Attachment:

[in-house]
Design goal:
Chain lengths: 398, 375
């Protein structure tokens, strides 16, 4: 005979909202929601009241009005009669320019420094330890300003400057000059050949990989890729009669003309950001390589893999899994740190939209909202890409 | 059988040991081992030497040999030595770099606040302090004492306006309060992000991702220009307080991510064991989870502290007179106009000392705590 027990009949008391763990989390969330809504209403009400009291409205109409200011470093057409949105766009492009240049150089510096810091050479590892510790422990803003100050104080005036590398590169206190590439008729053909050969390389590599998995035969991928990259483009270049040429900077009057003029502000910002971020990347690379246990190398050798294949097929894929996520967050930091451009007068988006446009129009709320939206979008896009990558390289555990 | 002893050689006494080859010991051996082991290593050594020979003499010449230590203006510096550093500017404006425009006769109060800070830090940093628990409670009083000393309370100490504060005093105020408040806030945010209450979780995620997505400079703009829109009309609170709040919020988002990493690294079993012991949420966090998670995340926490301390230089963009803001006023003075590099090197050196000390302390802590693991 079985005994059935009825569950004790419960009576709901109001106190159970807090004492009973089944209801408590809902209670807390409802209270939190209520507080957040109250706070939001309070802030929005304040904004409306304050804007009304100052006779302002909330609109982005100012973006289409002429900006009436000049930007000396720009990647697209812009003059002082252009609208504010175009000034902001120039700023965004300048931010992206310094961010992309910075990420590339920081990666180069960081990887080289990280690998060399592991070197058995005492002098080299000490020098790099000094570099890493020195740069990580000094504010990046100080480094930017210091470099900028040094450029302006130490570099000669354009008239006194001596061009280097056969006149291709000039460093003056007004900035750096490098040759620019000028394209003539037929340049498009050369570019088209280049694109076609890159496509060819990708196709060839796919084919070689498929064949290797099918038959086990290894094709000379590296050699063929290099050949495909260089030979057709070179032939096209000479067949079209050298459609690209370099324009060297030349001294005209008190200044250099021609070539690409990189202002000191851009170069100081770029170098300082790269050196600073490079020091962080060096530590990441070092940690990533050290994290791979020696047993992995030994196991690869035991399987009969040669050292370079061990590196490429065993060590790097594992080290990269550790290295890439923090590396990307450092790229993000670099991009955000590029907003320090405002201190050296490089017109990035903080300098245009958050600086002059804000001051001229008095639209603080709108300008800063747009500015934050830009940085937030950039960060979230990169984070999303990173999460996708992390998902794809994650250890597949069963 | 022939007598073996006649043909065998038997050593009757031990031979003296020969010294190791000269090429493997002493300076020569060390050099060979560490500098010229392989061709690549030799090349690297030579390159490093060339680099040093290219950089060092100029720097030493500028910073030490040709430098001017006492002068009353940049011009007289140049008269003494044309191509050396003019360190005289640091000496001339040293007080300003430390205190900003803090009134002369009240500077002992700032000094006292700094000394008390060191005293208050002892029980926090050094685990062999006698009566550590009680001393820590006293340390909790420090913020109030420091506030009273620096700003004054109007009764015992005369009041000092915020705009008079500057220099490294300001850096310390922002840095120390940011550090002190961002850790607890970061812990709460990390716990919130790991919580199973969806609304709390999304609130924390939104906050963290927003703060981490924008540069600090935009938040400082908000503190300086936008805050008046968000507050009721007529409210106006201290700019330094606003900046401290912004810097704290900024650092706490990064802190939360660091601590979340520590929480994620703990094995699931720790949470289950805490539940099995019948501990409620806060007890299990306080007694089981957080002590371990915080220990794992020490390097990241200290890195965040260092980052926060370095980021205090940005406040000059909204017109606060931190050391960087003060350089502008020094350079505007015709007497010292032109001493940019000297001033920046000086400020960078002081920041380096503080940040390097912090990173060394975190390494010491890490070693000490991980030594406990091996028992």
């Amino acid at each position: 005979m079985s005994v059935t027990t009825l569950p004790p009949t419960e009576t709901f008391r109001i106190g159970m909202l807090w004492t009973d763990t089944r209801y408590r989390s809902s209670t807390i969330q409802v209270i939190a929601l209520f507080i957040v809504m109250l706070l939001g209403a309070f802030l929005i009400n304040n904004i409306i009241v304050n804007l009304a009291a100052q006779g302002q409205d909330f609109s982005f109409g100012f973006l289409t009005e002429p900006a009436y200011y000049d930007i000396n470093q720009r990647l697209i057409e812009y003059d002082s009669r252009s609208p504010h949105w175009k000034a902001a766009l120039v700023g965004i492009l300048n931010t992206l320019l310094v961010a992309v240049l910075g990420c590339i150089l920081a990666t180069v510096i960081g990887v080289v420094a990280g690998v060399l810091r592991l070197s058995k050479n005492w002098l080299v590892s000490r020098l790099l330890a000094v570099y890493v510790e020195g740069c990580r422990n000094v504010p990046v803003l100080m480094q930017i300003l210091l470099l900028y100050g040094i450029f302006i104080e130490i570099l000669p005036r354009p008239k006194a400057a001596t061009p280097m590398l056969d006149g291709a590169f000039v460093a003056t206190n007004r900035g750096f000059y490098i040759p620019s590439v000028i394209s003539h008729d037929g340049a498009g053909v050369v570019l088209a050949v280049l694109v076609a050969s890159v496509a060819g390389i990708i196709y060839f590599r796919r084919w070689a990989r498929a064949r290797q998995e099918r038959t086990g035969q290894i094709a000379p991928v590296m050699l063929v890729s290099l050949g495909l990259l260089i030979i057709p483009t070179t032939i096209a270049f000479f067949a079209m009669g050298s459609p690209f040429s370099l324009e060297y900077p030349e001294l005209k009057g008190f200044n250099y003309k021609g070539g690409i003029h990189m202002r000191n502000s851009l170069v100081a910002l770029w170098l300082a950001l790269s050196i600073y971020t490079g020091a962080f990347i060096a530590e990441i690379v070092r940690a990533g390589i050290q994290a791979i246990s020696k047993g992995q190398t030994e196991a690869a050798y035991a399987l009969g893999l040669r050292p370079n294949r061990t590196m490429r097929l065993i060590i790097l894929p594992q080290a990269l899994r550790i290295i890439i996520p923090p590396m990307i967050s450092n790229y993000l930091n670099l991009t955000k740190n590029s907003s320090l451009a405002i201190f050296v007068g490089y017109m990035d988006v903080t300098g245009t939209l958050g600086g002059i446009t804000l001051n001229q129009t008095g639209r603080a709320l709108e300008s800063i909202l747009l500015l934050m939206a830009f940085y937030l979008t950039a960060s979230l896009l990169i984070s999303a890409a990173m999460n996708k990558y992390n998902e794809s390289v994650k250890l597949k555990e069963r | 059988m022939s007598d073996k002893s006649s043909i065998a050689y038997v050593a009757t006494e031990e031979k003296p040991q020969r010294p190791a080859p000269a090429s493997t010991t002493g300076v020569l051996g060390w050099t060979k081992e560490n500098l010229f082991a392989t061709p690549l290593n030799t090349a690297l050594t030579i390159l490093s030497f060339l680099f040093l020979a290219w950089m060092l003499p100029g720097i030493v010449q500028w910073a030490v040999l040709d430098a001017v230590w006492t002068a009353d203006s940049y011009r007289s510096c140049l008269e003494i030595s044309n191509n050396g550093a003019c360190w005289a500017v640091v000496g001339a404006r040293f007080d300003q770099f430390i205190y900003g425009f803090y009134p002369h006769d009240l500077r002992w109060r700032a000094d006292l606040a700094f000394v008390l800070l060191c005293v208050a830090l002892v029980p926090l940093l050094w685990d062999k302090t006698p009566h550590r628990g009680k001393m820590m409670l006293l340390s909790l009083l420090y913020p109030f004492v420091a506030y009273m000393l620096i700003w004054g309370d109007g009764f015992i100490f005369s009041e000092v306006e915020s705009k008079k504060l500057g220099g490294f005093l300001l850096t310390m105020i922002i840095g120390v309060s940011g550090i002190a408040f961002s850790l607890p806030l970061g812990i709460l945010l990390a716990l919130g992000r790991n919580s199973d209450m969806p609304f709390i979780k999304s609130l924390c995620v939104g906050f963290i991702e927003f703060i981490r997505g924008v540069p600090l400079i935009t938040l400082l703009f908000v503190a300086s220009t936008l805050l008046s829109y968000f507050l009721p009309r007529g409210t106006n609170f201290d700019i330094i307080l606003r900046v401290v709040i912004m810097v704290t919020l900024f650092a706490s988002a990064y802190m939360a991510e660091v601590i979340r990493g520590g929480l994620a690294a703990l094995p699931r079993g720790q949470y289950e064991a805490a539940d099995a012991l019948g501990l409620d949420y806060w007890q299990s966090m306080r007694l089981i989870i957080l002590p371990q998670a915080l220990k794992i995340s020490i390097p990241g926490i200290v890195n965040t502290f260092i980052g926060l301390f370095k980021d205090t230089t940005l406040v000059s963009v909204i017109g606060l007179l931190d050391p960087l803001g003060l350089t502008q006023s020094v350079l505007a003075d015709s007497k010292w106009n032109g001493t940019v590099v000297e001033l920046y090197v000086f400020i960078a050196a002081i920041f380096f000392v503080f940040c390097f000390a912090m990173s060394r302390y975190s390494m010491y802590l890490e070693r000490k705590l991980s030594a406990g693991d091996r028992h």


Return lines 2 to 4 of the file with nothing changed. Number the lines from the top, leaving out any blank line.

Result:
Design goal:
Chain lengths: 398, 375
């Protein structure tokens, strides 16, 4: 005979909202929601009241009005009669320019420094330890300003400057000059050949990989890729009669003309950001390589893999899994740190939209909202890409 | 059988040991081992030497040999030595770099606040302090004492306006309060992000991702220009307080991510064991989870502290007179106009000392705590 027990009949008391763990989390969330809504209403009400009291409205109409200011470093057409949105766009492009240049150089510096810091050479590892510790422990803003100050104080005036590398590169206190590439008729053909050969390389590599998995035969991928990259483009270049040429900077009057003029502000910002971020990347690379246990190398050798294949097929894929996520967050930091451009007068988006446009129009709320939206979008896009990558390289555990 | 002893050689006494080859010991051996082991290593050594020979003499010449230590203006510096550093500017404006425009006769109060800070830090940093628990409670009083000393309370100490504060005093105020408040806030945010209450979780995620997505400079703009829109009309609170709040919020988002990493690294079993012991949420966090998670995340926490301390230089963009803001006023003075590099090197050196000390302390802590693991 079985005994059935009825569950004790419960009576709901109001106190159970807090004492009973089944209801408590809902209670807390409802209270939190209520507080957040109250706070939001309070802030929005304040904004409306304050804007009304100052006779302002909330609109982005100012973006289409002429900006009436000049930007000396720009990647697209812009003059002082252009609208504010175009000034902001120039700023965004300048931010992206310094961010992309910075990420590339920081990666180069960081990887080289990280690998060399592991070197058995005492002098080299000490020098790099000094570099890493020195740069990580000094504010990046100080480094930017210091470099900028040094450029302006130490570099000669354009008239006194001596061009280097056969006149291709000039460093003056007004900035750096490098040759620019000028394209003539037929340049498009050369570019088209280049694109076609890159496509060819990708196709060839796919084919070689498929064949290797099918038959086990290894094709000379590296050699063929290099050949495909260089030979057709070179032939096209000479067949079209050298459609690209370099324009060297030349001294005209008190200044250099021609070539690409990189202002000191851009170069100081770029170098300082790269050196600073490079020091962080060096530590990441070092940690990533050290994290791979020696047993992995030994196991690869035991399987009969040669050292370079061990590196490429065993060590790097594992080290990269550790290295890439923090590396990307450092790229993000670099991009955000590029907003320090405002201190050296490089017109990035903080300098245009958050600086002059804000001051001229008095639209603080709108300008800063747009500015934050830009940085937030950039960060979230990169984070999303990173999460996708992390998902794809994650250890597949069963 | 022939007598073996006649043909065998038997050593009757031990031979003296020969010294190791000269090429493997002493300076020569060390050099060979560490500098010229392989061709690549030799090349690297030579390159490093060339680099040093290219950089060092100029720097030493500028910073030490040709430098001017006492002068009353940049011009007289140049008269003494044309191509050396003019360190005289640091000496001339040293007080300003430390205190900003803090009134002369009240500077002992700032000094006292700094000394008390060191005293208050002892029980926090050094685990062999006698009566550590009680001393820590006293340390909790420090913020109030420091506030009273620096700003004054109007009764015992005369009041000092915020705009008079500057220099490294300001850096310390922002840095120390940011550090002190961002850790607890970061812990709460990390716990919130790991919580199973969806609304709390999304609130924390939104906050963290927003703060981490924008540069600090935009938040400082908000503190300086936008805050008046968000507050009721007529409210106006201290700019330094606003900046401290912004810097704290900024650092706490990064802190939360660091601590979340520590929480994620703990094995699931720790949470289950805490539940099995019948501990409620806060007890299990306080007694089981957080002590371990915080220990794992020490390097990241200290890195965040260092980052926060370095980021205090940005406040000059909204017109606060931190050391960087003060350089502008020094350079505007015709007497010292032109001493940019000297001033920046000086400020960078002081920041380096503080940040390097912090990173060394975190390494010491890490070693000490991980030594406990091996028992």